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6 surprising facts about a living revocable trust

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Revocable trusts, commonly called “living trusts,” are an effective estate-planning tool for avoiding the costs and hassles of probate, preserving privacy and preparing your estate for ease of transition after you die.

A trust is a legal document that authorizes a trustee, who can be the grantor (or the creator of the trust), to hold title to and manage assets. The grantor retains the ability to revise the trust up until death.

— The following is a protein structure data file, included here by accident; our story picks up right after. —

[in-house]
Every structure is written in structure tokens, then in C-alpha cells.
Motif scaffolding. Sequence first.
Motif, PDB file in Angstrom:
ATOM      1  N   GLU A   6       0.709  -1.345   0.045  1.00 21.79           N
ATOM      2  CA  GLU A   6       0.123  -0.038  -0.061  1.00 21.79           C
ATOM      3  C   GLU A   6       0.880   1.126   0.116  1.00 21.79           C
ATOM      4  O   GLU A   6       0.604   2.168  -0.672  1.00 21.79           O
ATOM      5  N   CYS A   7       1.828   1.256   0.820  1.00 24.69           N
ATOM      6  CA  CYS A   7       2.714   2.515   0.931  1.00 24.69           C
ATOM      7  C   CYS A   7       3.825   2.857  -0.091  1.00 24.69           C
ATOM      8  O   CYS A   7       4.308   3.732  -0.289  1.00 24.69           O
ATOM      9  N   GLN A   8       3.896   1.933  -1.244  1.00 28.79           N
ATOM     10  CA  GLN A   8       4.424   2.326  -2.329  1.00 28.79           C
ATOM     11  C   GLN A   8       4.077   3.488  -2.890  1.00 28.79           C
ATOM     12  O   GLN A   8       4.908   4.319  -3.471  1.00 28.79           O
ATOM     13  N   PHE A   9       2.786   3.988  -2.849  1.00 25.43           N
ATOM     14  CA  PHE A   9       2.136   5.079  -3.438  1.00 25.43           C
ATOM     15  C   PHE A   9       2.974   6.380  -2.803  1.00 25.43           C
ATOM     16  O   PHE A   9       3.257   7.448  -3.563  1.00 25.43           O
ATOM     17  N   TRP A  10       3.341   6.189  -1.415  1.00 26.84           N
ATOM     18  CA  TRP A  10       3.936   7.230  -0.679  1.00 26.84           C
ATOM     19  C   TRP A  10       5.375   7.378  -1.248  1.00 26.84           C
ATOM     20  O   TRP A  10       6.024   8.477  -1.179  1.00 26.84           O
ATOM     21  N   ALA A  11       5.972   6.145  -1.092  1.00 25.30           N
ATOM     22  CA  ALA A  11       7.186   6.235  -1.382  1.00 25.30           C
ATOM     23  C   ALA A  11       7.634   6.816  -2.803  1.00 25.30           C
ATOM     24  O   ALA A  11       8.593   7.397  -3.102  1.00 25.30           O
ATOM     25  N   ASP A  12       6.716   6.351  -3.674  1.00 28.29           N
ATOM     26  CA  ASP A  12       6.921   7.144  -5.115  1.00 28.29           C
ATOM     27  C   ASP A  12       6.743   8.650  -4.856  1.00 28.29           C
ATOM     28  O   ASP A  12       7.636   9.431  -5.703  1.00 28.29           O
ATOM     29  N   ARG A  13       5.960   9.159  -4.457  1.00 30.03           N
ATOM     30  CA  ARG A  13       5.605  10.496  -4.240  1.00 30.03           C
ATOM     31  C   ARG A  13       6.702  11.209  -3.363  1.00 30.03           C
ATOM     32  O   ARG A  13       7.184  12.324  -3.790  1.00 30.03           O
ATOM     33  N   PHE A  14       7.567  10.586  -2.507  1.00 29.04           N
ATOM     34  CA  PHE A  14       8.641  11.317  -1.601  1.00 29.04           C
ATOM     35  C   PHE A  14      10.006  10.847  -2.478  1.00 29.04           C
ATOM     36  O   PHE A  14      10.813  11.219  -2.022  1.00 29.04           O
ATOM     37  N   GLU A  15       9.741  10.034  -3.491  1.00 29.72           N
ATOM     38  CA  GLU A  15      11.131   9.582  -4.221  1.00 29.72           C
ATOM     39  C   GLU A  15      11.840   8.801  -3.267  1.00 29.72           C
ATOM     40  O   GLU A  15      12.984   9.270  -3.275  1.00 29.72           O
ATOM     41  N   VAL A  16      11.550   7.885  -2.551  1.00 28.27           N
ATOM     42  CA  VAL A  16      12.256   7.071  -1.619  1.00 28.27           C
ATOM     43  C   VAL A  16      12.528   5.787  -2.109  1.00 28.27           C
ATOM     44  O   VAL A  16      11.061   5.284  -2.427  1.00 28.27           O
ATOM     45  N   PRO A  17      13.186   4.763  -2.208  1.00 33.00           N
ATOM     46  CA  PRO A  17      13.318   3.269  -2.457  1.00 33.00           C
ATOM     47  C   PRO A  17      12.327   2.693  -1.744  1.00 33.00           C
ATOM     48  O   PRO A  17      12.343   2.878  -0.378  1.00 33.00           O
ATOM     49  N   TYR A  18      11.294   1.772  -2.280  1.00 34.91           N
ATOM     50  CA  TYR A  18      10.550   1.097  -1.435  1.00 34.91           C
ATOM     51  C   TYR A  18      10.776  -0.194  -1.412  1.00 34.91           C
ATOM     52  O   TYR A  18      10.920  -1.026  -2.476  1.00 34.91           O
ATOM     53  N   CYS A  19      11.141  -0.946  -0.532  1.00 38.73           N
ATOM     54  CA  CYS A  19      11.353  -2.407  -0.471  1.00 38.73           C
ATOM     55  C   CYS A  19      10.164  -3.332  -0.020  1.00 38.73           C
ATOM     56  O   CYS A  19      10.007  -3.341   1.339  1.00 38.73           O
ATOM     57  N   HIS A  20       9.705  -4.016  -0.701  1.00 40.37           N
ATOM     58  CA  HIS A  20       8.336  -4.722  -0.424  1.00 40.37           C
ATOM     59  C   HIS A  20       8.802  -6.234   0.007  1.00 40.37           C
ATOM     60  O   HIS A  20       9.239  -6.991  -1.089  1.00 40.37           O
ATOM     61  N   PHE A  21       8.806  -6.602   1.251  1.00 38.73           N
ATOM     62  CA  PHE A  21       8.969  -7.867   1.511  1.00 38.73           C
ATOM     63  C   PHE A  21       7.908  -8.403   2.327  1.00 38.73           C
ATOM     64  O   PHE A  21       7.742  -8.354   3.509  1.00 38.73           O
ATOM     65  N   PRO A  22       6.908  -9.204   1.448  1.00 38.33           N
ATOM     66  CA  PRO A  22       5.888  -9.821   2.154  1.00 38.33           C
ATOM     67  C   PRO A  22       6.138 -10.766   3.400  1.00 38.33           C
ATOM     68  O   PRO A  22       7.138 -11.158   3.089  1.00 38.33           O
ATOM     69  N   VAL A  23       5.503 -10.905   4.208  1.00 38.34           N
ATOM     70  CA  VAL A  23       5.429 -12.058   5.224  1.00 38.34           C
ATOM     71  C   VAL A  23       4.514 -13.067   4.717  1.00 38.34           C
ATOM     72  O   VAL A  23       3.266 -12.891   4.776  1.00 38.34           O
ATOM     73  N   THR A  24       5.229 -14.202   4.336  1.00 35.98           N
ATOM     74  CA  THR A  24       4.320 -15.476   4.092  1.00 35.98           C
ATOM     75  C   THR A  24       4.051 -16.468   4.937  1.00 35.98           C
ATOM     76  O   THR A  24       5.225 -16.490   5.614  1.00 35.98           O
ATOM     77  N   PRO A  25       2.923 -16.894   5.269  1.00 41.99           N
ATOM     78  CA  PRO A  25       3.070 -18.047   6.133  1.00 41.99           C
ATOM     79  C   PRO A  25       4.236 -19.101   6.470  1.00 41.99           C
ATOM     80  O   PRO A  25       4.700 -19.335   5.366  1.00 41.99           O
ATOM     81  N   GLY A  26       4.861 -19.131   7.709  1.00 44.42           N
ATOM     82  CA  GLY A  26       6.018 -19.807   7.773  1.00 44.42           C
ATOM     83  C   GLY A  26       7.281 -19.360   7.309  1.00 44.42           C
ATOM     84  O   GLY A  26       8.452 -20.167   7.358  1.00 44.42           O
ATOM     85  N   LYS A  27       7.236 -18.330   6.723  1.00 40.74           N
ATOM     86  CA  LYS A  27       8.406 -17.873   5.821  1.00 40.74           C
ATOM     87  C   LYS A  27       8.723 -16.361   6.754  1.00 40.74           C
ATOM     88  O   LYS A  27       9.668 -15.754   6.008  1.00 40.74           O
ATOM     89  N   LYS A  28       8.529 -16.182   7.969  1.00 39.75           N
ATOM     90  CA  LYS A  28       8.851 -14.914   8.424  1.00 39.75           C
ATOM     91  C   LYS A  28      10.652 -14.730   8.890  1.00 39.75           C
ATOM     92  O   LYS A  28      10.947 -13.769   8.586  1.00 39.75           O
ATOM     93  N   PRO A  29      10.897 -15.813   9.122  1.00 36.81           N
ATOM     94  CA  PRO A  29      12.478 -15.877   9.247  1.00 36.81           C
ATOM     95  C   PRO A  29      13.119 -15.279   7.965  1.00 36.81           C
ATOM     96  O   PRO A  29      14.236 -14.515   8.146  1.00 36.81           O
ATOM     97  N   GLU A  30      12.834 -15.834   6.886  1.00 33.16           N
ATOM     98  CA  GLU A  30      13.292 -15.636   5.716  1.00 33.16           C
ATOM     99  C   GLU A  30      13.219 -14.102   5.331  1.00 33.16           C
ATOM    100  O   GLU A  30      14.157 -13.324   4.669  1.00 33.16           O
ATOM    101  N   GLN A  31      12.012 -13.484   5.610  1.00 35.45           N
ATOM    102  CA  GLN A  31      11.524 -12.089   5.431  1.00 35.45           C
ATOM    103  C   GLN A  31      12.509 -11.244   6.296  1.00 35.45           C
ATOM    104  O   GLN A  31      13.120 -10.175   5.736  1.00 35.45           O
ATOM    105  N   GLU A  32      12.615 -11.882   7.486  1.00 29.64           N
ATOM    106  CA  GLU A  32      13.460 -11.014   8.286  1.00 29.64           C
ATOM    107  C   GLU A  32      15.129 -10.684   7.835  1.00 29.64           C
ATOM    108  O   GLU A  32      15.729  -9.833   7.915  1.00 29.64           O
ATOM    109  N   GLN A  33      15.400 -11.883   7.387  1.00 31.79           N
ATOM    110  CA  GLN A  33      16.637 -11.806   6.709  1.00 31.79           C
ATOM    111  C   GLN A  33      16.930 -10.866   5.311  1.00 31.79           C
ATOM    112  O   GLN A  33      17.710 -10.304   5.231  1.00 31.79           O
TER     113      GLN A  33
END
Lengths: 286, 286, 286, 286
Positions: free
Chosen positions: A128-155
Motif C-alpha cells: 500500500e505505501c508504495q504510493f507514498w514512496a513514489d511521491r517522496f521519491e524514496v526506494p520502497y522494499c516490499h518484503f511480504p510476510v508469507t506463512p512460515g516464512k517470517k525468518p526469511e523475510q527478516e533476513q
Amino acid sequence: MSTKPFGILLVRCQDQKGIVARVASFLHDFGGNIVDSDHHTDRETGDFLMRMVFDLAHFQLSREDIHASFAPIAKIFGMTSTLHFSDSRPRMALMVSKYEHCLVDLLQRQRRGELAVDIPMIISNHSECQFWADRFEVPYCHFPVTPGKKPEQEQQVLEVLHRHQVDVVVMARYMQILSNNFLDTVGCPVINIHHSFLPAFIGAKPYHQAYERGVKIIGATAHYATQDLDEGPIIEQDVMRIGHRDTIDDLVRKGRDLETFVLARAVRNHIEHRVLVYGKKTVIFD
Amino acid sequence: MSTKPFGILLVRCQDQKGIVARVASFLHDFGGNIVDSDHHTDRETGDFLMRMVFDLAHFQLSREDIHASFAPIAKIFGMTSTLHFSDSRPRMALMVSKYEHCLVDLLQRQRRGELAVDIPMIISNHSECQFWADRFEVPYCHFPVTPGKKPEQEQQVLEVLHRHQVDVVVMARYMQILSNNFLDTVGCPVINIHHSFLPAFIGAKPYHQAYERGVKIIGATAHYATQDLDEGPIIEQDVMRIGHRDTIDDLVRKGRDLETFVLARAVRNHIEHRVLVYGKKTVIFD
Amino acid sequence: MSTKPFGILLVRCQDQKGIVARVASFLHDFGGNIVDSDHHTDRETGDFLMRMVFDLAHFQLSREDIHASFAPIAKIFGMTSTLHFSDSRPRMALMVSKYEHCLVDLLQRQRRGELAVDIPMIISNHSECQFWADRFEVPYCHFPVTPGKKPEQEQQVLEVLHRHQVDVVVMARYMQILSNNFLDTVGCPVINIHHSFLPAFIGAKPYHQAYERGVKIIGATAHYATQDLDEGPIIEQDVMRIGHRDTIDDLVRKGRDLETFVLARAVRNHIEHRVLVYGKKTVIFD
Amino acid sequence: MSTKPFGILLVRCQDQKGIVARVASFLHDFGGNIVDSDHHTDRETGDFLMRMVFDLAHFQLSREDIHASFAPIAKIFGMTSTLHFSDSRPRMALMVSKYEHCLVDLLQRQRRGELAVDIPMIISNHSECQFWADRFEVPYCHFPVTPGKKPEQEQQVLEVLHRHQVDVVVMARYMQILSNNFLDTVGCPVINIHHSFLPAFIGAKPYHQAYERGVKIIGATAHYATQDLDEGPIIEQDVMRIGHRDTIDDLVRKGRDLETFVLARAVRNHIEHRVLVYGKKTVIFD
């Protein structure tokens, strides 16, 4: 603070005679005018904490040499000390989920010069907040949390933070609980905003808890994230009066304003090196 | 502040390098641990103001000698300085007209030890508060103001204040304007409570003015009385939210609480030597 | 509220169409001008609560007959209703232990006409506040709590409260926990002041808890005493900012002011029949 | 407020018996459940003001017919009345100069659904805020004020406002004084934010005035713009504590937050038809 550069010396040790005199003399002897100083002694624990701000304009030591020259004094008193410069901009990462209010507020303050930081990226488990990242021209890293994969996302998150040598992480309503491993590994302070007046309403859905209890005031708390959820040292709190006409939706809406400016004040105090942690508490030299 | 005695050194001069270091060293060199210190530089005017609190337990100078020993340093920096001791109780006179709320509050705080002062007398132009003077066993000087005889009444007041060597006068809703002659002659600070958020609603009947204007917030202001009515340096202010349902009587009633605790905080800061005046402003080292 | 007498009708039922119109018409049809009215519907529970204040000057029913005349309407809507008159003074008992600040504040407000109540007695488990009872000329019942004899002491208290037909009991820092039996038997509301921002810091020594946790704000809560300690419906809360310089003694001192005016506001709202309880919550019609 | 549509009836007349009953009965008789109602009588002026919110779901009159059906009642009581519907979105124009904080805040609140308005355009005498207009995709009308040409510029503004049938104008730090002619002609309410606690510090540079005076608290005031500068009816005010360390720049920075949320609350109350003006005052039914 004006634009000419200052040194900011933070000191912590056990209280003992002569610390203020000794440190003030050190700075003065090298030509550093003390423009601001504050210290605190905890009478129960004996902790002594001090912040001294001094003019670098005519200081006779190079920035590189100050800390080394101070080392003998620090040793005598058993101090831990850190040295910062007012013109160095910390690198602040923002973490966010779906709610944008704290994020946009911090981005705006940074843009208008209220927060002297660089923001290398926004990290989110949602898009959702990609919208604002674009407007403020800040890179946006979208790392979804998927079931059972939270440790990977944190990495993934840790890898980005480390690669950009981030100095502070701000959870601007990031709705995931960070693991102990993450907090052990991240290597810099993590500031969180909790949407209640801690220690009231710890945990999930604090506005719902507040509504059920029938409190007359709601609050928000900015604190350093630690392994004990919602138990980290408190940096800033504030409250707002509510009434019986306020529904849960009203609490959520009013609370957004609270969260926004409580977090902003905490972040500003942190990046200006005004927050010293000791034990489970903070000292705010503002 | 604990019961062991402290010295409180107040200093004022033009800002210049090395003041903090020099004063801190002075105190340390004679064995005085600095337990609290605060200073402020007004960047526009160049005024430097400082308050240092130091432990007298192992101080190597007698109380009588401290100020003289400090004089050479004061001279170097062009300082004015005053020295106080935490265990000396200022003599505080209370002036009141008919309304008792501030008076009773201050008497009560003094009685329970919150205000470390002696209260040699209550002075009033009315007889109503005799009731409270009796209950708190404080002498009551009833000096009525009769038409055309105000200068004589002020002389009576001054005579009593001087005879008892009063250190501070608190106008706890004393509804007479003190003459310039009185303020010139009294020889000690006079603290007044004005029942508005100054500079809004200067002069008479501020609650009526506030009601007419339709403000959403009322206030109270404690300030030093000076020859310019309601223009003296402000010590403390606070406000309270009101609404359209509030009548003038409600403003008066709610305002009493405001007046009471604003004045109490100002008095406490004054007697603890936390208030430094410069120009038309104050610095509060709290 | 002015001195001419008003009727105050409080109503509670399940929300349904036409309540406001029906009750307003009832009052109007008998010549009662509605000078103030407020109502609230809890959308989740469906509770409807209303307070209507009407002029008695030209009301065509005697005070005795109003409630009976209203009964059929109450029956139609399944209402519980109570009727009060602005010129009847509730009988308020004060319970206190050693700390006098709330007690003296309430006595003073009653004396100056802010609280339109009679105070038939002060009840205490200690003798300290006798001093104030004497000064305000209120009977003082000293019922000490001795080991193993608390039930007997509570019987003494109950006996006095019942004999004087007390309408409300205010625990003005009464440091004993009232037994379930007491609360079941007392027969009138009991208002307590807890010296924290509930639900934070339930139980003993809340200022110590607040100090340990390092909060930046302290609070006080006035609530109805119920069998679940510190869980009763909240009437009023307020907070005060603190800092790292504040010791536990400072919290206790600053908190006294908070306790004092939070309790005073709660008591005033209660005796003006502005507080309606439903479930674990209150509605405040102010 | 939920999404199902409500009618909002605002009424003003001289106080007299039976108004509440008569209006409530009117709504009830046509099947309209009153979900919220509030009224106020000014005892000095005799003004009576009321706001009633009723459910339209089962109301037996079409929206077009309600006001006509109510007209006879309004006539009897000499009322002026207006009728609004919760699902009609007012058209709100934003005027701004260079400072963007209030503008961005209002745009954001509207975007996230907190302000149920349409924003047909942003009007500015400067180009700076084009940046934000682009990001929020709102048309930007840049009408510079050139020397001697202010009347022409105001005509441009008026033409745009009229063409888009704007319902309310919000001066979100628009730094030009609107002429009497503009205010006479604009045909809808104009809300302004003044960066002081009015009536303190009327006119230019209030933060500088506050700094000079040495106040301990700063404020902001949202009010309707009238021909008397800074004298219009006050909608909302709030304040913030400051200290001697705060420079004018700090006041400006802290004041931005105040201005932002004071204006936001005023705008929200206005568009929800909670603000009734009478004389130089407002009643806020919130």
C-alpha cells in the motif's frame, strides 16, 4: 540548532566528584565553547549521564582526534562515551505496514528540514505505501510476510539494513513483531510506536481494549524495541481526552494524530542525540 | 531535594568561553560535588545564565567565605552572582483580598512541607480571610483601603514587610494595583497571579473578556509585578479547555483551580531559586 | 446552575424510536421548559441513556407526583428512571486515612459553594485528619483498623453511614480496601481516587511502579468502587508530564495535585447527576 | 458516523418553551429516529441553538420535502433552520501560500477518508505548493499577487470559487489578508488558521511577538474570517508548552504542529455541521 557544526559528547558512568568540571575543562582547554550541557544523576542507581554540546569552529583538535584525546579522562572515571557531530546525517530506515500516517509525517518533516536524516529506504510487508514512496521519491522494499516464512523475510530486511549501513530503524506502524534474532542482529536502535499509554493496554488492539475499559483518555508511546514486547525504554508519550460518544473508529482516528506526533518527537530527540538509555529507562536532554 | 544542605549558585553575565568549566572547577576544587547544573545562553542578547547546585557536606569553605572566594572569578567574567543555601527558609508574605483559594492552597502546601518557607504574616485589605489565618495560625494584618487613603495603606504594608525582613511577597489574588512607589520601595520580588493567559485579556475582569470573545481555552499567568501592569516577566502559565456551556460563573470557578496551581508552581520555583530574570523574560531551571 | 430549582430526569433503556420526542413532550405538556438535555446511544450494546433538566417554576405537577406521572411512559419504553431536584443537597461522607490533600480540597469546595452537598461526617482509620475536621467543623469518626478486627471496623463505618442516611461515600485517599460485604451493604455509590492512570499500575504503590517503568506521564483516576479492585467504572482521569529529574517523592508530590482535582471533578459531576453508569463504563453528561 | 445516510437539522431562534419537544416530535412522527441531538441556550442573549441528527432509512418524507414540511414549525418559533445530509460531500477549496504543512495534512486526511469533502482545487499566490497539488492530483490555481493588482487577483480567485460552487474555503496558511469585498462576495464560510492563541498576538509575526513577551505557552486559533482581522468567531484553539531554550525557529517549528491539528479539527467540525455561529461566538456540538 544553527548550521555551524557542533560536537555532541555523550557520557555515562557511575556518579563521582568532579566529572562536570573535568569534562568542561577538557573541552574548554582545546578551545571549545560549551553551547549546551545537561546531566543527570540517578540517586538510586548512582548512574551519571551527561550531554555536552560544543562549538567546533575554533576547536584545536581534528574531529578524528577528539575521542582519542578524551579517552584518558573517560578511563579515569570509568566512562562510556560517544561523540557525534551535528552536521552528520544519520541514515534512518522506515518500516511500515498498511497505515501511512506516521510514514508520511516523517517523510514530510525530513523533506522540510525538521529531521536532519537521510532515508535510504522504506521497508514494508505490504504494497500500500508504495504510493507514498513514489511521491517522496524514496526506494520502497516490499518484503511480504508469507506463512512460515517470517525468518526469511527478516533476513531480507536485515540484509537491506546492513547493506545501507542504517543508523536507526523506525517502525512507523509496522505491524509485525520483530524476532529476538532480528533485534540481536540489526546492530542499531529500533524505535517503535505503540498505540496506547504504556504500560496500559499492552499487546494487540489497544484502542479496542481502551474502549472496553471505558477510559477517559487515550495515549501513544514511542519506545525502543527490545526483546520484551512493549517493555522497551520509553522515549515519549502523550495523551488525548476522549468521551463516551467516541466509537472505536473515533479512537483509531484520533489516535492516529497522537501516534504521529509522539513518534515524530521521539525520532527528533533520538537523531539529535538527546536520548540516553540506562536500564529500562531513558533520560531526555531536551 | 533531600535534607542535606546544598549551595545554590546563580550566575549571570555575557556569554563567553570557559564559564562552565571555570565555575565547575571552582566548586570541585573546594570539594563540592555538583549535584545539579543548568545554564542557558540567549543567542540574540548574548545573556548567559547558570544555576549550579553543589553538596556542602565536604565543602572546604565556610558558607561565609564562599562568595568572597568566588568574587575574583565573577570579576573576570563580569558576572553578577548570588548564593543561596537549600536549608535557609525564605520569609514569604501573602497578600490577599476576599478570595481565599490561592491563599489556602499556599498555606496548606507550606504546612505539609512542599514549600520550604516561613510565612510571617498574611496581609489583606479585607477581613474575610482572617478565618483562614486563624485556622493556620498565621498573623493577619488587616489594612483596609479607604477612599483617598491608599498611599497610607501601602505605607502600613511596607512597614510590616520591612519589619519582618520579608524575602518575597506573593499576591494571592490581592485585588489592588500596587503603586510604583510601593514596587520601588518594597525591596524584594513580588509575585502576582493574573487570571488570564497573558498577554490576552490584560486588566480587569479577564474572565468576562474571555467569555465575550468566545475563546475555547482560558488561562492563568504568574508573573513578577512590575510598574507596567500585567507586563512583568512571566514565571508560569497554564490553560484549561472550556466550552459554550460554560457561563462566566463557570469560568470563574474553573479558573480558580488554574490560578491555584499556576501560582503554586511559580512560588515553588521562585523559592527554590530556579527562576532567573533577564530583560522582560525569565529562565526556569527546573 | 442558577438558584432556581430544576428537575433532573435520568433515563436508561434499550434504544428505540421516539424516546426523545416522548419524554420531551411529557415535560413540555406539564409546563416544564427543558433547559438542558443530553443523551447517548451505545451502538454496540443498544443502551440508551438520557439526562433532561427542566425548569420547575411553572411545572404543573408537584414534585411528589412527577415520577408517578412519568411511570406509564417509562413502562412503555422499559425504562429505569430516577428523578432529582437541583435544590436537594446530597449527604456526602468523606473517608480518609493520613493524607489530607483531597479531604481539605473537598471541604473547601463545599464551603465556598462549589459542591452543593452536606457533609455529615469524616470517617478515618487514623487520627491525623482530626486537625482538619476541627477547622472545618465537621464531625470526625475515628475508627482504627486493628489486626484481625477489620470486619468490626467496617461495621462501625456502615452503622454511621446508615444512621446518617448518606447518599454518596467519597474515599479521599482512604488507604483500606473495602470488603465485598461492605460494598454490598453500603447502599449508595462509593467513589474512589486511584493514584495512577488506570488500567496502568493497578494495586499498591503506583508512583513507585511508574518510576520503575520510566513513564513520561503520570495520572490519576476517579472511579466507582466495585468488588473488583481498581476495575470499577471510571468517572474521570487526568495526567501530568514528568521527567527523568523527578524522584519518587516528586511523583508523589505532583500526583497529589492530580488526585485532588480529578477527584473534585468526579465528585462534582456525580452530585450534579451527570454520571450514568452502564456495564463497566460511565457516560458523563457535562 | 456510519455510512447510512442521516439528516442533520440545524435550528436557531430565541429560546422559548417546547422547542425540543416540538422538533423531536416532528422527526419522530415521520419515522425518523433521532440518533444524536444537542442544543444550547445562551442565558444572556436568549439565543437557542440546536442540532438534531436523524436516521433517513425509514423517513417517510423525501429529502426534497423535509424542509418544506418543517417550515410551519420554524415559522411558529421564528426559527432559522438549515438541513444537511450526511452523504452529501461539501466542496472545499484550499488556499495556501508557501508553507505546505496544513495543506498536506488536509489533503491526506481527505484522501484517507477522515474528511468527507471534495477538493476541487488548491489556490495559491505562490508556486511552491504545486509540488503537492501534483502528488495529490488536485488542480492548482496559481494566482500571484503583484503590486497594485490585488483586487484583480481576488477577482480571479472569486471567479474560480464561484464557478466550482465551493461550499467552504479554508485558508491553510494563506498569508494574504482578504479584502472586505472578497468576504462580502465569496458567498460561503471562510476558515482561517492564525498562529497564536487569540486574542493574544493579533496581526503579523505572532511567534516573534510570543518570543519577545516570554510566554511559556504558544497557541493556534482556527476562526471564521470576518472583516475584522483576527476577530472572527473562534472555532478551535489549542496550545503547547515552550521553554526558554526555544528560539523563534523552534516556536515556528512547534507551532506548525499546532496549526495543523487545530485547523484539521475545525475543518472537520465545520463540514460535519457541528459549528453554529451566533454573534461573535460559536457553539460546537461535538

Unlike in a will, assets in a living trust will generally pass to heirs sooner. In many states — though not all — the process by which a will is probated through the courts is lengthy and expensive, says Russell Fishkind, partner at law firm Saul Ewing and author of “Probate Wars of the Rich and Famous.”

“Transferring assets into a trust could save months and thousands in legal fees,” he adds.

But aside from easing the burden and cost to loved ones, there are a few facts about living trusts that might surprise you. For example, did you know that the limit for Federal Deposit Insurance Corp. protection on bank accounts within a trust is higher than it is for an individual? Or, that certain assets should not be titled in the name of the trust?

Read on for 6 little-known facts about living trusts.